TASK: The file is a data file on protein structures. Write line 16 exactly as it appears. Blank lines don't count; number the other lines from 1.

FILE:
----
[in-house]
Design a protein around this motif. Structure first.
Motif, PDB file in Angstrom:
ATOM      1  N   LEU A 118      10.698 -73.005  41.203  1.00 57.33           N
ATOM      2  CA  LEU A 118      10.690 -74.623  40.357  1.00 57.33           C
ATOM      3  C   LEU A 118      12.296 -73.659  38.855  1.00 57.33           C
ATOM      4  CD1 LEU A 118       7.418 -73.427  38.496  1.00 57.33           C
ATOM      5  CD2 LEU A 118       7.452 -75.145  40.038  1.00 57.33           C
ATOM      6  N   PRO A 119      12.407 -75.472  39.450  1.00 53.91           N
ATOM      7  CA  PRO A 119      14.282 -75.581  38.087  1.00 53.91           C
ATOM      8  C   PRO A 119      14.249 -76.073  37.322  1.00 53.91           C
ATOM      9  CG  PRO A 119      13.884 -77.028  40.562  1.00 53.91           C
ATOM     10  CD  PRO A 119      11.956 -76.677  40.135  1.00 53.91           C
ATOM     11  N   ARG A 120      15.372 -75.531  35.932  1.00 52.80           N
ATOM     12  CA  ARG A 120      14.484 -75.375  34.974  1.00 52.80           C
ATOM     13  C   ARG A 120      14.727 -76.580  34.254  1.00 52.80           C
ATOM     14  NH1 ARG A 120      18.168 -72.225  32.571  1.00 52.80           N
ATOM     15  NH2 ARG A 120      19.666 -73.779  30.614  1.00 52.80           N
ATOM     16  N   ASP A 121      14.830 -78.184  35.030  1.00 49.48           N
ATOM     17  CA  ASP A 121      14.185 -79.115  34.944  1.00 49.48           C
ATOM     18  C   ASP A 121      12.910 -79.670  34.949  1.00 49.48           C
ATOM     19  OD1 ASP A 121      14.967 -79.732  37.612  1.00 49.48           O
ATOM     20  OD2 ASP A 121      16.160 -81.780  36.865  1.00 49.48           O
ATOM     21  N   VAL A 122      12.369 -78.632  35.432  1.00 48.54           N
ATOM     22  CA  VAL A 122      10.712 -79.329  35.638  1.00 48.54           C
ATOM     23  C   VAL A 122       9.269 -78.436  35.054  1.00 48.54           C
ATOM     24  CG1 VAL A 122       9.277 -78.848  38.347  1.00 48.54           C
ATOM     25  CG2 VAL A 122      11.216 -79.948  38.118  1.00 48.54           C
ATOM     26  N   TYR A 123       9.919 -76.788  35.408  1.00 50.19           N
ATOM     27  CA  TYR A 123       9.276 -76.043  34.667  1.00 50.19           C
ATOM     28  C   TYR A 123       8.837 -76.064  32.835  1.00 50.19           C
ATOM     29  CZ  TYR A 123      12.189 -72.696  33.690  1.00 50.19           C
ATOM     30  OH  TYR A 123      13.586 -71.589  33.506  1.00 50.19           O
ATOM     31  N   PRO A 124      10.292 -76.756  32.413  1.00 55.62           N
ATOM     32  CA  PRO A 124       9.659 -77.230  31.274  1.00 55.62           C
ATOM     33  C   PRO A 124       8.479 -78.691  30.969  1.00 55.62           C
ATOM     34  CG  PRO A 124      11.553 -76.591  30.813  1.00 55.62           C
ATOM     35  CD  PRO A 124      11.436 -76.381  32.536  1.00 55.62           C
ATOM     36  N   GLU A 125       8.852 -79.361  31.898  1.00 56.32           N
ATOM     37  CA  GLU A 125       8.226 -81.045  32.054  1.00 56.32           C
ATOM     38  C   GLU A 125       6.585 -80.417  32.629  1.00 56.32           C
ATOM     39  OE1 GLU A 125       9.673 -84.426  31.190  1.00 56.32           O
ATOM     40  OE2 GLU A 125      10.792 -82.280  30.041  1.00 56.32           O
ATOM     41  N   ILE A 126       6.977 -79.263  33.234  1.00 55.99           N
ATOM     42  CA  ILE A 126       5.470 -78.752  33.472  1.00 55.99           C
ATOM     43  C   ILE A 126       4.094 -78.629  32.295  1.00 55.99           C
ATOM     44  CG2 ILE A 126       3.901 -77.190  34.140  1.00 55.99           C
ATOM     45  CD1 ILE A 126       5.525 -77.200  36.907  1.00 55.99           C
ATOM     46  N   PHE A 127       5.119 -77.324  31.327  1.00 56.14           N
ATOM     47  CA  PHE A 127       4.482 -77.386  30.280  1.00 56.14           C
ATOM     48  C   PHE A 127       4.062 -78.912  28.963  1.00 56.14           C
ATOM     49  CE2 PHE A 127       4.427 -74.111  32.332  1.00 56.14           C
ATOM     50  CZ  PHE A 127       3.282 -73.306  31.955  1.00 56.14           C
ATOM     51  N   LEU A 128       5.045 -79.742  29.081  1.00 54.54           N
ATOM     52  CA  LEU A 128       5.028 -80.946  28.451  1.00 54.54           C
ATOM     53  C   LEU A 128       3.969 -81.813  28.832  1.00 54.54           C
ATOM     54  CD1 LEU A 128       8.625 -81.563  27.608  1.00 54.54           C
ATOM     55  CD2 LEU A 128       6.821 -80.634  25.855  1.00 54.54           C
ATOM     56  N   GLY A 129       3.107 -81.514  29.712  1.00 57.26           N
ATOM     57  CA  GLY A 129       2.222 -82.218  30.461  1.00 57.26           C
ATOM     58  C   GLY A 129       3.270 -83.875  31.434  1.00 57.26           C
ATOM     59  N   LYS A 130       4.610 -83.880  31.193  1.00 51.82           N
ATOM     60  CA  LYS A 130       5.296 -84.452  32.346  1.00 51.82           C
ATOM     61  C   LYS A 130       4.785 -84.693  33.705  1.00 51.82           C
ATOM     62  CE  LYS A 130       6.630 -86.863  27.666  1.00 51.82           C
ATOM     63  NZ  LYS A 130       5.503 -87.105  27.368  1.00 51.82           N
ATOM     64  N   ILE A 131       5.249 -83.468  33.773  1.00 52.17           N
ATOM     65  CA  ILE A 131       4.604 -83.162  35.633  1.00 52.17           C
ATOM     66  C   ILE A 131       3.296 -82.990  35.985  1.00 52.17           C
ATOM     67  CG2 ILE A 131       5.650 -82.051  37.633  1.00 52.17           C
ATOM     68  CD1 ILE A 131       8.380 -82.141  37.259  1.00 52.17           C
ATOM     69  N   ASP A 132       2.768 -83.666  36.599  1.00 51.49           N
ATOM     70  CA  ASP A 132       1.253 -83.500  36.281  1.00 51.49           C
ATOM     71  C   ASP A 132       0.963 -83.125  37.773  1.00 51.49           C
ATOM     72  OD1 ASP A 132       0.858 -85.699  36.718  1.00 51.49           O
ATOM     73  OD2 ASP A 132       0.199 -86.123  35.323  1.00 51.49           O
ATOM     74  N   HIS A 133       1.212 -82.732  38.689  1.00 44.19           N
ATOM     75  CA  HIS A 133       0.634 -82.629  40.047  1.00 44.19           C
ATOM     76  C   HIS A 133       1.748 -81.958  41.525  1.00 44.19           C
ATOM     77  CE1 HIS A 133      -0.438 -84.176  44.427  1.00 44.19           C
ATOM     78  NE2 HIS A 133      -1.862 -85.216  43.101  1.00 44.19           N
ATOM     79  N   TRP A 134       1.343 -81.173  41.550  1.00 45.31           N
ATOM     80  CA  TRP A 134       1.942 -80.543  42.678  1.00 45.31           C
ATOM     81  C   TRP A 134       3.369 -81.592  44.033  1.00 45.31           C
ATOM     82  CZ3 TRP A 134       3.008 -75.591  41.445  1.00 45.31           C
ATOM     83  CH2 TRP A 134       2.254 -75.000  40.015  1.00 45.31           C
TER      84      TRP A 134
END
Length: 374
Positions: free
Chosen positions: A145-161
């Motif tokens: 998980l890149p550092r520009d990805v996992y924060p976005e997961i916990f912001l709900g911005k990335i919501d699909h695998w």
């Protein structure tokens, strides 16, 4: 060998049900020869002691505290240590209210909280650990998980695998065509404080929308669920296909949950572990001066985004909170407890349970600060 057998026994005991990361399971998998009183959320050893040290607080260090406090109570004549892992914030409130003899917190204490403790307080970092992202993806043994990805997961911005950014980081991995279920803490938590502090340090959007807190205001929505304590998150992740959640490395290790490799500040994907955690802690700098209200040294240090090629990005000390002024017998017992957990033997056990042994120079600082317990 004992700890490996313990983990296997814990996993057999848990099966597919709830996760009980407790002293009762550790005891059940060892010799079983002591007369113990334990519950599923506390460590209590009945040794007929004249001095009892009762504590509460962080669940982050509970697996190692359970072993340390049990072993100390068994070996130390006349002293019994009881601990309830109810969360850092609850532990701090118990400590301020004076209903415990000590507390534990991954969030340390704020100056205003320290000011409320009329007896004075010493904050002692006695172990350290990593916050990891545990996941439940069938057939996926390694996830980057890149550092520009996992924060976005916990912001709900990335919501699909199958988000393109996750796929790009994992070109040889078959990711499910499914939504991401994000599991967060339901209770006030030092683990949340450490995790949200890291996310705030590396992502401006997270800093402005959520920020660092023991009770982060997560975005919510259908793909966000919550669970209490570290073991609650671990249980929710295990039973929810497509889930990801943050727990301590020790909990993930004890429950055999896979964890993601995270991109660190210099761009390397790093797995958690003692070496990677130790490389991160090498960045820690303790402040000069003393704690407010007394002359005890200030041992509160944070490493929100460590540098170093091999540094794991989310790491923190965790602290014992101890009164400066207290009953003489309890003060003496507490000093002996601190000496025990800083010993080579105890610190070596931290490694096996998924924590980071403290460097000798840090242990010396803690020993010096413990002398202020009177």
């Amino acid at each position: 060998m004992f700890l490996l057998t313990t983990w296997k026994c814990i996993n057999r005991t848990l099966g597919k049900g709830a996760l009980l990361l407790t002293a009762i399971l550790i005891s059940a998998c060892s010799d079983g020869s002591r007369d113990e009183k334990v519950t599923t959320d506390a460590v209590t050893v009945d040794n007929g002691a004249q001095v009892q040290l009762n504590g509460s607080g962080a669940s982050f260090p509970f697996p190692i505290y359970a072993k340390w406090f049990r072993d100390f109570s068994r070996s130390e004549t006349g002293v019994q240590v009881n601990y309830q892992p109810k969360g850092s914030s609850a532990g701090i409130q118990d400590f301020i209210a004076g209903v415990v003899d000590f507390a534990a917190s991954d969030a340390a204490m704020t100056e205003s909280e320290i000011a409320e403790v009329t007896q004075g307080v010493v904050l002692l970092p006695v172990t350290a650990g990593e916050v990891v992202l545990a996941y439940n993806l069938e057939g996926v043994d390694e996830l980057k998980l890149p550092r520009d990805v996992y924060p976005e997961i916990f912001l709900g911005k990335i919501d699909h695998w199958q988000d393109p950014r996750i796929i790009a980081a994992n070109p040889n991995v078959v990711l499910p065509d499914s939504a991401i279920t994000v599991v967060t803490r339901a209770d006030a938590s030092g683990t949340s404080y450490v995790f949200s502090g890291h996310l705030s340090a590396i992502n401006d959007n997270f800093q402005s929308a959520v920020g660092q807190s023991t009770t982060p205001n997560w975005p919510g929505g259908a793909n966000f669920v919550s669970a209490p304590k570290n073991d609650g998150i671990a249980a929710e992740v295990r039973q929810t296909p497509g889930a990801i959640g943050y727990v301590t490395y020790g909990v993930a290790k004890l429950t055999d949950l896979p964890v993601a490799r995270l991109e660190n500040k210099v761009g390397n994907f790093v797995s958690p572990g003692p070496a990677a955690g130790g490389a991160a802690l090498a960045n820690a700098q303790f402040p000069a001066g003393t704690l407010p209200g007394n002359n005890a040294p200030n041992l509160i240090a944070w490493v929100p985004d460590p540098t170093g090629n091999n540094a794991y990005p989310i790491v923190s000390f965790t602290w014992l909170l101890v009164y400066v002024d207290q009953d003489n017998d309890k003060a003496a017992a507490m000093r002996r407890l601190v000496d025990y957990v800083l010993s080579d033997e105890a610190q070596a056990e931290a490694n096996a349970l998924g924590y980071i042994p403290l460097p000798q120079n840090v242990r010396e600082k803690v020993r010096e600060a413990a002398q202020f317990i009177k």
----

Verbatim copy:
ATOM     13  C   ARG A 120      14.727 -76.580  34.254  1.00 52.80           C